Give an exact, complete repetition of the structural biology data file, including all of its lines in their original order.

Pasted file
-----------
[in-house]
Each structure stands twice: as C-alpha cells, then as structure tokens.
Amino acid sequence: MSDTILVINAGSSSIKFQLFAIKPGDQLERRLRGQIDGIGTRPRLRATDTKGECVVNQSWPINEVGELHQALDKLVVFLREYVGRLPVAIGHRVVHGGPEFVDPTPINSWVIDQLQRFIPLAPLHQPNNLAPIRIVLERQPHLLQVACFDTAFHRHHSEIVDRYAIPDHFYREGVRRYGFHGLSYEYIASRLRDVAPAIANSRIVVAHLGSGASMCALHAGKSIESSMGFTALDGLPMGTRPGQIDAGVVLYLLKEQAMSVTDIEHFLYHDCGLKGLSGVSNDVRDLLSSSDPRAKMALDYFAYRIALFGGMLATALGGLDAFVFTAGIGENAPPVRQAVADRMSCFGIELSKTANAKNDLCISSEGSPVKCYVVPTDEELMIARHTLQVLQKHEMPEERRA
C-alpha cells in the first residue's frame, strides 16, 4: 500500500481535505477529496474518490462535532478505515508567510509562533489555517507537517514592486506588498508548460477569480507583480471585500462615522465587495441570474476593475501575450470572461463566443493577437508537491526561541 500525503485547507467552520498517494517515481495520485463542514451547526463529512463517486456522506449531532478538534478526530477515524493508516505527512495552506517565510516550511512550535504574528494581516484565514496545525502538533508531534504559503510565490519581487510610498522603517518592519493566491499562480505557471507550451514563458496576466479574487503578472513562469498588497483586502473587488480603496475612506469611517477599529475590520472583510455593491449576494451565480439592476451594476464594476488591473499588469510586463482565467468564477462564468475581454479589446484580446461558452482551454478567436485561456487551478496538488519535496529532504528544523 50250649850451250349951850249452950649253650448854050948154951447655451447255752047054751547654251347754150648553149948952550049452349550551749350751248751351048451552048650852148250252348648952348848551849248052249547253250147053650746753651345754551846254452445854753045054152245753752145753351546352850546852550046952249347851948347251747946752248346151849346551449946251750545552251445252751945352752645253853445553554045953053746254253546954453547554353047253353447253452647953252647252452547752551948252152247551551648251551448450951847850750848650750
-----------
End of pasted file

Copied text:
[in-house]
Each structure stands twice: as C-alpha cells, then as structure tokens.
Amino acid sequence: MSDTILVINAGSSSIKFQLFAIKPGDQLERRLRGQIDGIGTRPRLRATDTKGECVVNQSWPINEVGELHQALDKLVVFLREYVGRLPVAIGHRVVHGGPEFVDPTPINSWVIDQLQRFIPLAPLHQPNNLAPIRIVLERQPHLLQVACFDTAFHRHHSEIVDRYAIPDHFYREGVRRYGFHGLSYEYIASRLRDVAPAIANSRIVVAHLGSGASMCALHAGKSIESSMGFTALDGLPMGTRPGQIDAGVVLYLLKEQAMSVTDIEHFLYHDCGLKGLSGVSNDVRDLLSSSDPRAKMALDYFAYRIALFGGMLATALGGLDAFVFTAGIGENAPPVRQAVADRMSCFGIELSKTANAKNDLCISSEGSPVKCYVVPTDEELMIARHTLQVLQKHEMPEERRA
C-alpha cells in the first residue's frame, strides 16, 4: 500500500481535505477529496474518490462535532478505515508567510509562533489555517507537517514592486506588498508548460477569480507583480471585500462615522465587495441570474476593475501575450470572461463566443493577437508537491526561541 500525503485547507467552520498517494517515481495520485463542514451547526463529512463517486456522506449531532478538534478526530477515524493508516505527512495552506517565510516550511512550535504574528494581516484565514496545525502538533508531534504559503510565490519581487510610498522603517518592519493566491499562480505557471507550451514563458496576466479574487503578472513562469498588497483586502473587488480603496475612506469611517477599529475590520472583510455593491449576494451565480439592476451594476464594476488591473499588469510586463482565467468564477462564468475581454479589446484580446461558452482551454478567436485561456487551478496538488519535496529532504528544523 50250649850451250349951850249452950649253650448854050948154951447655451447255752047054751547654251347754150648553149948952550049452349550551749350751248751351048451552048650852148250252348648952348848551849248052249547253250147053650746753651345754551846254452445854753045054152245753752145753351546352850546852550046952249347851948347251747946752248346151849346551449946251750545552251445252751945352752645253853445553554045953053746254253546954453547554353047253353447253452647953252647252452547752551948252152247551551648251551448450951847850750848650750